FULHAM defender Stephen Kelly admits that the Republic of Ireland will have to up their game when it comes to the crunch of the play-offs next month.
But Kelly admits that anyone hoping that the manager will adapt his rigid formation and approach for the play-offs will be disappointed as the Italian is not for changing.
Of course, Tuesday's win over Armenia secured a place in the play-offs for Giovanni Trapattoni's side, so Ireland renew hostilities with the play-off round which has been such an unhappy venture for teams in the past, with exits against Holland, Belgium, Turkey and France.
There was a mixed reaction from some of the Ireland squad to Tuesday's events, with senior pros like Shay Given knocking back suggestions that the team hadn't played well in that game or in recent qualifiers.
But the fact remains that, of the 10 home competitive games played under Trapattoni, this Irish team has won just four (Cyprus, Georgia, Andorra and Armenia), has kept just three clean sheets (against Cyprus, Montenegro and Slovakia) and have only won once by a margin more than one goal (the 3-1 win over Andorra).
"We're in the play-offs now, there's no longer the safety net of a whole campaign to make up points and gain lost ground, so I have no doubt that we can up our game and do better," said Kelly, the Fulham defender who won his 28th senior cap at left-back as a replacement for the suspended Stephen Ward.
"On our day we can beat anyone and perform as well as anybody. We had the crowd behind us the other night and if we can get them supporting us in the play-offs, we have an even better chance.
"We know we can play better, it's up to us in the play-offs to show that and to prove that we are a team capable of winning the play-offs and getting to the finals, because I know that every single player in that Irish squad is just desperate to get to Poland and Ukraine.
"The main thing is that we did the job, we had a good campaign and are in the play-offs.
"It's slightly disappointing that we didn't qualify automatically but we have a place in the play-offs and we have a great chance of qualifying."
But Kelly insists that the manager will not change Ireland's style to suit the new arena of a play-off. "I can't see us changing the way we play, it's stood for us so far, we get results - especially away from home," he said.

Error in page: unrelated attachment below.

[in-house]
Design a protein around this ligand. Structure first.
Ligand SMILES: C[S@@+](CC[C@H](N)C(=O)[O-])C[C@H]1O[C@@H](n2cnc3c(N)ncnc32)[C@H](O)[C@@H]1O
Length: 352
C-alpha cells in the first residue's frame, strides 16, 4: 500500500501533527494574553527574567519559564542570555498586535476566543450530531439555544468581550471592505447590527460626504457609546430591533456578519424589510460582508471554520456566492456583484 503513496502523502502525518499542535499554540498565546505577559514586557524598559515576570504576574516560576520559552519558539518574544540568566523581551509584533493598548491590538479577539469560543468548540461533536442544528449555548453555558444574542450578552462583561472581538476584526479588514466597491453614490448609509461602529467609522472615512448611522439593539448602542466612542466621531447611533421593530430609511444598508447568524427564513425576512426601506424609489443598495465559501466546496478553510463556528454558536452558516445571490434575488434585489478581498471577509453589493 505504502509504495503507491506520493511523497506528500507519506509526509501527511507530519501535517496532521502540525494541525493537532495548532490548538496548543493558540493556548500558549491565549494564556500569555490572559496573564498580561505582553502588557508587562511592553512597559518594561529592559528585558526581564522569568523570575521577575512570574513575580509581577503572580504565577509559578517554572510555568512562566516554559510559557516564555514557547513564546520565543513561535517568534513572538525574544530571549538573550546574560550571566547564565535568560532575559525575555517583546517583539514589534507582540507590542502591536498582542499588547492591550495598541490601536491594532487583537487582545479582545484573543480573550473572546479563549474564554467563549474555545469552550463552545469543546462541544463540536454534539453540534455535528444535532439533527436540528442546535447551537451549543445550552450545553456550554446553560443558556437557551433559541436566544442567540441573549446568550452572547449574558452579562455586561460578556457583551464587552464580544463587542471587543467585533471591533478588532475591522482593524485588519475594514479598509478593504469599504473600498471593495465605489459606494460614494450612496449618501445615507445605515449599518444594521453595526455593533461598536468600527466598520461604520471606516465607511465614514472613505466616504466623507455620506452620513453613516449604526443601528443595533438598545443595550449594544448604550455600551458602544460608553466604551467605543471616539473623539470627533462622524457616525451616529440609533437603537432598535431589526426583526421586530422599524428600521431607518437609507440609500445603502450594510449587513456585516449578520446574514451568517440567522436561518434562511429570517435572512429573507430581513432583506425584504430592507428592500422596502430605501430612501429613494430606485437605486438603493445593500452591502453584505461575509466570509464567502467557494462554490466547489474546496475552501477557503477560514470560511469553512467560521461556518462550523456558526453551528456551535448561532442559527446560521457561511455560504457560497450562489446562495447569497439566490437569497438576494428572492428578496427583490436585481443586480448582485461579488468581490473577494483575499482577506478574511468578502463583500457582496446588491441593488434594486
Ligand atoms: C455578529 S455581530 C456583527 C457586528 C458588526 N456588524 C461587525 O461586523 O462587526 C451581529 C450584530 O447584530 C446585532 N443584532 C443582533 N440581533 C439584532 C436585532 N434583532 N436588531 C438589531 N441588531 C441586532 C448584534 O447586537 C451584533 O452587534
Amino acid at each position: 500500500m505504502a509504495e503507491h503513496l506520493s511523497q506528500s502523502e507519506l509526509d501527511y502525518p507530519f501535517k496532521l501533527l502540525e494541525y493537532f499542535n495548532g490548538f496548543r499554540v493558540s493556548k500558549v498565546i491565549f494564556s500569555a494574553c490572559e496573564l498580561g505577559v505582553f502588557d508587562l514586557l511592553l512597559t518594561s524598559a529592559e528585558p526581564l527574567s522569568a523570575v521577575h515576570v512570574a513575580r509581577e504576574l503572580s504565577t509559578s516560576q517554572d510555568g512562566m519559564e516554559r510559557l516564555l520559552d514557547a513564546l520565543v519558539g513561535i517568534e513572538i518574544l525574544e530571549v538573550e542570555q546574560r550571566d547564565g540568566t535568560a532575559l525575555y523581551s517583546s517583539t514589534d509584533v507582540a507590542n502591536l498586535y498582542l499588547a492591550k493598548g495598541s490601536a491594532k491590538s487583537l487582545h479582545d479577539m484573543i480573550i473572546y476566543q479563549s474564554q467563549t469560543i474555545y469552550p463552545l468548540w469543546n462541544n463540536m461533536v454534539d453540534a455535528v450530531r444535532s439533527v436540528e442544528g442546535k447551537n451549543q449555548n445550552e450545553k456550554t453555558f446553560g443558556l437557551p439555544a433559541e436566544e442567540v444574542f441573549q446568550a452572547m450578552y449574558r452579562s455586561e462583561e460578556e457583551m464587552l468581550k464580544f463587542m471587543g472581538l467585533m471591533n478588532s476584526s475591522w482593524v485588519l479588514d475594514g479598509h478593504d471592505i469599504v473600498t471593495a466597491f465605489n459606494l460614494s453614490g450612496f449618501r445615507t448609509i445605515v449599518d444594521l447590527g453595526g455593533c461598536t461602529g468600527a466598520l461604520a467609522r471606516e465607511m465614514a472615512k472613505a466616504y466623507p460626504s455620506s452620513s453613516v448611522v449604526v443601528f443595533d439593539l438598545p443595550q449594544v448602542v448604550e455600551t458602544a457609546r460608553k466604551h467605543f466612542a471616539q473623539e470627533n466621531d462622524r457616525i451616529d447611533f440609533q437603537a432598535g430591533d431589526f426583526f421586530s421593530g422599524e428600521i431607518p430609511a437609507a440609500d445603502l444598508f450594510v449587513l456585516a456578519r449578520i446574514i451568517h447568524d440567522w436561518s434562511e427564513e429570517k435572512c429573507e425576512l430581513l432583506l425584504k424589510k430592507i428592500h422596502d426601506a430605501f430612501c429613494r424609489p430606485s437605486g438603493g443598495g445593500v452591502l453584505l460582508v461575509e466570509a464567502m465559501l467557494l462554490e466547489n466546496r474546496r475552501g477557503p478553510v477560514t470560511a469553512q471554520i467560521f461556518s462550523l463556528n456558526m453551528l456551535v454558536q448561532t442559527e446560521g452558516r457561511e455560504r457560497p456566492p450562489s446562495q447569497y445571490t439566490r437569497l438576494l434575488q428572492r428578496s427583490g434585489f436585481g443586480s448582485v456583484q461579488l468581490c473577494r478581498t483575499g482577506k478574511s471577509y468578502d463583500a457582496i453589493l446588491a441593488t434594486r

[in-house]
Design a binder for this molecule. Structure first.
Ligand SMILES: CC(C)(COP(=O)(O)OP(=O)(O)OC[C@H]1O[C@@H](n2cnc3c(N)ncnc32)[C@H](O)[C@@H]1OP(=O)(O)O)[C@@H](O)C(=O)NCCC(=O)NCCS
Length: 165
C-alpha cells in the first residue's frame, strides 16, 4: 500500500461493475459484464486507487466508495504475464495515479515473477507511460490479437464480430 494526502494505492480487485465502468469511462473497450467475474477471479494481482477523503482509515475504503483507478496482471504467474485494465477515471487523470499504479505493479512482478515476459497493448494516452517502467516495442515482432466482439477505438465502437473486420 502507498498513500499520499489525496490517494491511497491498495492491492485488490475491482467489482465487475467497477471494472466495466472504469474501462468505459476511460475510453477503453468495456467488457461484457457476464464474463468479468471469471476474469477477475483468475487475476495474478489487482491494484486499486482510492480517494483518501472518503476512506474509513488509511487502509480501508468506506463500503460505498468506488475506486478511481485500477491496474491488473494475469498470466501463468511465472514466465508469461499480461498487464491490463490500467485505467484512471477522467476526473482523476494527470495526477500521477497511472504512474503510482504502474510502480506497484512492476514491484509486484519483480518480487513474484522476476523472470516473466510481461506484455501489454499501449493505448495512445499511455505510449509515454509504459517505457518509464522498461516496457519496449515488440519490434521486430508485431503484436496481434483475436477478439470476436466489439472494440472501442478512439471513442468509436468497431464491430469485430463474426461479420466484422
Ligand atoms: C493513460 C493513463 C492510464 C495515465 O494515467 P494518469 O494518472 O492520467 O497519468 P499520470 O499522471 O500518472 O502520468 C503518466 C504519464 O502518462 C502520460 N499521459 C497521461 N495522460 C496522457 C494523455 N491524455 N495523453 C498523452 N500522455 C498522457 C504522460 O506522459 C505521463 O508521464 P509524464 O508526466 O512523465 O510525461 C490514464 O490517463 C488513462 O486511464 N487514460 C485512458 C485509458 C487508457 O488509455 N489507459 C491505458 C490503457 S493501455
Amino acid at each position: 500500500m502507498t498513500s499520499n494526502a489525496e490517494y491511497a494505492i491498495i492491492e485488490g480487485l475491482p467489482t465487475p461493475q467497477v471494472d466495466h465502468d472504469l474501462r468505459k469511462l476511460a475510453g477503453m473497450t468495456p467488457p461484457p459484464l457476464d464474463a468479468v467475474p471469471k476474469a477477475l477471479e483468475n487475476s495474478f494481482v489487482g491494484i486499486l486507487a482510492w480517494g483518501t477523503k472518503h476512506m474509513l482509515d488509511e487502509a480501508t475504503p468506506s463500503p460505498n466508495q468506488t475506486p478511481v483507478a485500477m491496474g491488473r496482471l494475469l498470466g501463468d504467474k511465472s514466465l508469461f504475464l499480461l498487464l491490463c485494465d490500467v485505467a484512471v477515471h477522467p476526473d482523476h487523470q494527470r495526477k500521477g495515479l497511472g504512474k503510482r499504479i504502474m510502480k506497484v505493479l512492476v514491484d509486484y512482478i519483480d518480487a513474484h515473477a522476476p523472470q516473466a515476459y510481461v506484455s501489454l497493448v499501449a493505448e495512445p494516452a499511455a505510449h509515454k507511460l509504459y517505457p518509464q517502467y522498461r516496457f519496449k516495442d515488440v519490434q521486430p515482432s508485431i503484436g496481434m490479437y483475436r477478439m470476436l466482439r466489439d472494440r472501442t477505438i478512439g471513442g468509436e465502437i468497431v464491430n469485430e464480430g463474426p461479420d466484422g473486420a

"We can score goals away from home and do what's needed so I can't see why we will make big changes.
"We are a hard team to beat and that will be the key for us.
"I have experience of that in Europe with Fulham - if you are hard to beat you can go a long way, as we did in the Europa League last year, and Ireland are a bit like that, hard to beat and capable of winning matches."
Most of the Irish squad admit that the team has yet make the new Lansdowne Road a home, let alone a fortress, as shown by the relatively poor return of results in the Dublin 4 venue.
But Kelly hopes that Tuesday night was a sign that the Lansdowne Roar is back. "I think that was the best atmosphere I have seen at the place since we went back there after the old Lansdowne was knocked," stated Kelly, who made his senior debut for Ireland against Chile in the old Lansdowne Road back in 2006.
"I think it took the fans time to get used to the place and to make it our own again, but the fans were really behind us the other night, they made some noise and we appreciated it," he added.
"It was a difficult game the other night. Armenia were a very good side, their confidence was sky-high after their recent run when they were scoring freely and won a lot of games, so they were a threat in attack.
"Once we got the first goal and they were down to 10 men we dominated. We had some spells in the second half when we created and did well, we got balls into Simon Cox. The goal gave them some impetus and put them back into the game but we held on and won.
"It was hard in the second half. I was on a yellow card and everyone was saying, 'don't tackle, don't do anything stupid', because you had the sense that the referee was going to dish out cards. I was on tenterhooks, making sure I wasn't diving in and I stayed on my feet."
Ireland's eight-match clean sheet record is gone and that is perhaps a concern ahead of the home leg of the play-off: in recent play-offs, Ireland have conceded a goal at home each time, apart from the 2-0 win over Iran in 2001, and it was the concession of an away goal to Turkey in Dublin which stopped Mick McCarthy's team from going to Euro 2000.
Kelly added: "It's disappointing to lose the clean sheet record as it would have been nice to take that into the play-offs, but we're still unbeaten, that's nine games now without defeat and we can take great heart from that going into the play-offs.
"We're still a confident side."